Senators who have clashed with Richardson for the past seven years had been looking forward to working with Denish.

Richardson in the past has had few problems with the House of
Representatives, which is firmly under the control of Richardson ally
House Speaker Ben Lujan. But the Senate is a different story. Since
late 2003, when senators called a quick end to a special session
Richardson had called, little love has been lost between the Senate and
the governor.

Though at this point everyone seems to be keeping a positive public
face, some of the old bitterness between the Senate and the fourth
floor is bound to surface in the weeks to come.

One big hint came last week when Senate Rules Committee Chairwoman
Linda Lopez issued a news release to revive an old complaint that the
governor had ordered the state Department of Public Safety not to
conduct background checks of the governor’s high-level appointees.
Lopez’s statement ended with what could be seen as a threat: “If the
committee is unable to obtain good background information, it will have
difficulty in moving forward with any confirmations.”

Richardson’s office last week didn’t respond to Lopez’s statement.

The Senate battle: But the Senate certainly can’t be called a united
force. By all indications, it’ll be starting out with a battle over who
will be Senate president pro-tem.

The man who currently holds that post, Sen. Tim Jennings, D-Roswell,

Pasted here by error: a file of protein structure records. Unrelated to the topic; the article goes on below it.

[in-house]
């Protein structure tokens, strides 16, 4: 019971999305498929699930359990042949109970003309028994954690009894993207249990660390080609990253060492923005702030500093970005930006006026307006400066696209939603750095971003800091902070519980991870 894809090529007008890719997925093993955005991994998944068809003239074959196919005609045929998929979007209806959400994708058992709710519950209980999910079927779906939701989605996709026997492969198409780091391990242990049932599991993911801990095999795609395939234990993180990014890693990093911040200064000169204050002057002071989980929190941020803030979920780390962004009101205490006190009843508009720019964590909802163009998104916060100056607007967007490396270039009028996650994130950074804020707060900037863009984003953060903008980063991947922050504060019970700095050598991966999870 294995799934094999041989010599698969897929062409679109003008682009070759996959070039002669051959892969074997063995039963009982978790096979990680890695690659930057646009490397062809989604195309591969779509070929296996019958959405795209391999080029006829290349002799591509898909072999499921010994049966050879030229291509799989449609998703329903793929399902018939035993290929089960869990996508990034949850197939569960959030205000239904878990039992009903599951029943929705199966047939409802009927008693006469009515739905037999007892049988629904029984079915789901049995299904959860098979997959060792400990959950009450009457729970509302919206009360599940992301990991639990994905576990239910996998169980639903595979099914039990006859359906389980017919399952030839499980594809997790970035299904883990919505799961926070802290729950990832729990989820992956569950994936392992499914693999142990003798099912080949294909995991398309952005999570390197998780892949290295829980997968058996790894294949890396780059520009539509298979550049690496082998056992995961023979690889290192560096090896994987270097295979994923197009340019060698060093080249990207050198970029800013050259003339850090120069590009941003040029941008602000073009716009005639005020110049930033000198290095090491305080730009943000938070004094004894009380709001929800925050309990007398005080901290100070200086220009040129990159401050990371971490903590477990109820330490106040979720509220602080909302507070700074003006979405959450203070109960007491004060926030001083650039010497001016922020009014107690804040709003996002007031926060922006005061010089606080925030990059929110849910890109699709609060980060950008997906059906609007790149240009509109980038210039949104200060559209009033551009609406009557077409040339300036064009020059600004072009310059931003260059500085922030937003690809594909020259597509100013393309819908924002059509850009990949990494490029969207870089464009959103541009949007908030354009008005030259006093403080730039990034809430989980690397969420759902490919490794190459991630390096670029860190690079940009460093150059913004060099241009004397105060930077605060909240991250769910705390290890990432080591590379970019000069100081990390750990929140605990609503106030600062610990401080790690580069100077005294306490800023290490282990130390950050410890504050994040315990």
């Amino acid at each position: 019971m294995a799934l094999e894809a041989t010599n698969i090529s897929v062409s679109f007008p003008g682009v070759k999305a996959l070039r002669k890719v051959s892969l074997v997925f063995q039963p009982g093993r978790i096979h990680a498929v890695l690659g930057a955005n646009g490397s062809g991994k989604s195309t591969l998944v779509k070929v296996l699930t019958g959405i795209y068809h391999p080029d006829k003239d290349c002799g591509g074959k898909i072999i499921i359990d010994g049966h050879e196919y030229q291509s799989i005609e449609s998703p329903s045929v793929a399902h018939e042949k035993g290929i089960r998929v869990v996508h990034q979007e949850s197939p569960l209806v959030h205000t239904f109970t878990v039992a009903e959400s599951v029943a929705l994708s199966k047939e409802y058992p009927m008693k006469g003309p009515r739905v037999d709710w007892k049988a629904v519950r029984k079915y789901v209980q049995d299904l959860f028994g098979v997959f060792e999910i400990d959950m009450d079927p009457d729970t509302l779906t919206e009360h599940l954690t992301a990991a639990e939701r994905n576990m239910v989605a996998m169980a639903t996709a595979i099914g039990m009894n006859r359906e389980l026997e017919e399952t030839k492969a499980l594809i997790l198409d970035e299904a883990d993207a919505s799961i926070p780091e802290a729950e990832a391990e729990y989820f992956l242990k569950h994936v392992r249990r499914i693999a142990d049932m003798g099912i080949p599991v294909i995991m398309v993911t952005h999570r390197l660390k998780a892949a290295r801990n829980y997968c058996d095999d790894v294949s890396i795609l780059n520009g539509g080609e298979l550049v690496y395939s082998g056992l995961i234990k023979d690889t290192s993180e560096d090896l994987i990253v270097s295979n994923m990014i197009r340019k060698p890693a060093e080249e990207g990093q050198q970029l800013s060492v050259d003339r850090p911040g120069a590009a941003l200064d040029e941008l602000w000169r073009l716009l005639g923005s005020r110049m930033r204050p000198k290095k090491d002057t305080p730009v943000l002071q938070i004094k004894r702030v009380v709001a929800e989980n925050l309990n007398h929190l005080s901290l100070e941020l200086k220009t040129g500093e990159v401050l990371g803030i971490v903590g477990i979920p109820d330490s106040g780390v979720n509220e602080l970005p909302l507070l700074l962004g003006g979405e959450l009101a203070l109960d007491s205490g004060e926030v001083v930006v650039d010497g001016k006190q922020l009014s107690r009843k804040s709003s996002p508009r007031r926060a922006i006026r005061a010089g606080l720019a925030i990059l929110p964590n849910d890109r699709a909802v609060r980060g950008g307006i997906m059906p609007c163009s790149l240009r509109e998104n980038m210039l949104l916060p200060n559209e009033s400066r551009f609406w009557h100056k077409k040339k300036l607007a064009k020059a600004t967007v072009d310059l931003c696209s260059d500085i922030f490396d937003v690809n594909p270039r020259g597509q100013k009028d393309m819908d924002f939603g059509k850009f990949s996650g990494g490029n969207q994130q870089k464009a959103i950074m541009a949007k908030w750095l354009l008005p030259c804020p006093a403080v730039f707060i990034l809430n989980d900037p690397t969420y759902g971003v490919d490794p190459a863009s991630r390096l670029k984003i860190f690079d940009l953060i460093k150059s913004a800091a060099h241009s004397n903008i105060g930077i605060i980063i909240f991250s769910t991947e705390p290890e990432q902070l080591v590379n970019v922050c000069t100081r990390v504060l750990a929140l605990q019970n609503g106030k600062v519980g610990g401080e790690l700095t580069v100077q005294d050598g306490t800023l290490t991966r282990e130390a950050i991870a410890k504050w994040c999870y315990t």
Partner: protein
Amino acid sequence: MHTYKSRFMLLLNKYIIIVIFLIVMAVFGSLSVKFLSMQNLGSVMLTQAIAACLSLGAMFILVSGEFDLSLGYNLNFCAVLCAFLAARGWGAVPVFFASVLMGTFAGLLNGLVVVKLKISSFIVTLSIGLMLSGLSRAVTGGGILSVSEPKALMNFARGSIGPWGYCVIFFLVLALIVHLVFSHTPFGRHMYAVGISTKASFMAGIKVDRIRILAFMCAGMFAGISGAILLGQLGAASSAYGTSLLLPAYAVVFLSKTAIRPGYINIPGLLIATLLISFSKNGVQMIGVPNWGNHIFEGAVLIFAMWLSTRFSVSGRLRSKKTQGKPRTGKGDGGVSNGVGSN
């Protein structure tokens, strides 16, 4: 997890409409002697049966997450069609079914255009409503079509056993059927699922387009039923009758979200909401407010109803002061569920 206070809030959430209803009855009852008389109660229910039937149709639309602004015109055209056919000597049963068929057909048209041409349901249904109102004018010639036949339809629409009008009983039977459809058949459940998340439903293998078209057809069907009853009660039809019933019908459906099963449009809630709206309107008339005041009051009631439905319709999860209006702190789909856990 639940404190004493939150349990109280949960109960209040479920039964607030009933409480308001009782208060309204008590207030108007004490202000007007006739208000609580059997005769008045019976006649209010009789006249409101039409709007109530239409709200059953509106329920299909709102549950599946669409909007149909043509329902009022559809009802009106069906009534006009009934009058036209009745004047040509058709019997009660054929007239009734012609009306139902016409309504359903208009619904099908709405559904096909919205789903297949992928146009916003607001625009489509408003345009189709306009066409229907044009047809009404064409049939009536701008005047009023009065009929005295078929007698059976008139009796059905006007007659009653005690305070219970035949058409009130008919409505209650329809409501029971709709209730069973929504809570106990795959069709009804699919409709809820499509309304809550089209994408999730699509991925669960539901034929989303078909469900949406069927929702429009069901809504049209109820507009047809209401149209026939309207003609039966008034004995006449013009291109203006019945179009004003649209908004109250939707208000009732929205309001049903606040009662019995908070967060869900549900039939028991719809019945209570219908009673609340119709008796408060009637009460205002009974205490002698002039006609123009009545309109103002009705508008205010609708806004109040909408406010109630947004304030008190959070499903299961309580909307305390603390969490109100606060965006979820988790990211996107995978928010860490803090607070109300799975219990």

angered many Democrats in the last days of the general election when he
recorded a “robo-call” for then Republican Whip Leonard Lee Rawson of
Las Cruces, who was in a tough battle for re-election. Jennings said he
thought Rawson’s opponent, Steve Fischmann, was unfair in some of his
attacks on Rawson. But Democrat Fischmann defeated Rawson despite
Jennings’ help.

In late November, Senate Democrats endorsed Taos County Sen. Carlos
Cisneros for the pro-tem job. But Jennings said he’d seek the help of
the 15 Republicans who remain in the Senate. He’s told supporters he
has enough votes, including conservative Democrats loyal to him, to
defeat Cisneros.

Several have commented on the irony of Senate Democrats putting the
Republicans in the catbird seat after the sweeping Democratic victory
in the 2008 election.

Another irony: Although he’s been embraced by progressive Senate
Democrats, Cisneros is fairly conservative. As the chairman of the
Senate Conservation Committee, Cisneros for years blocked efforts to
outlaw the controversial sport of cockfighting in New Mexico. (He voted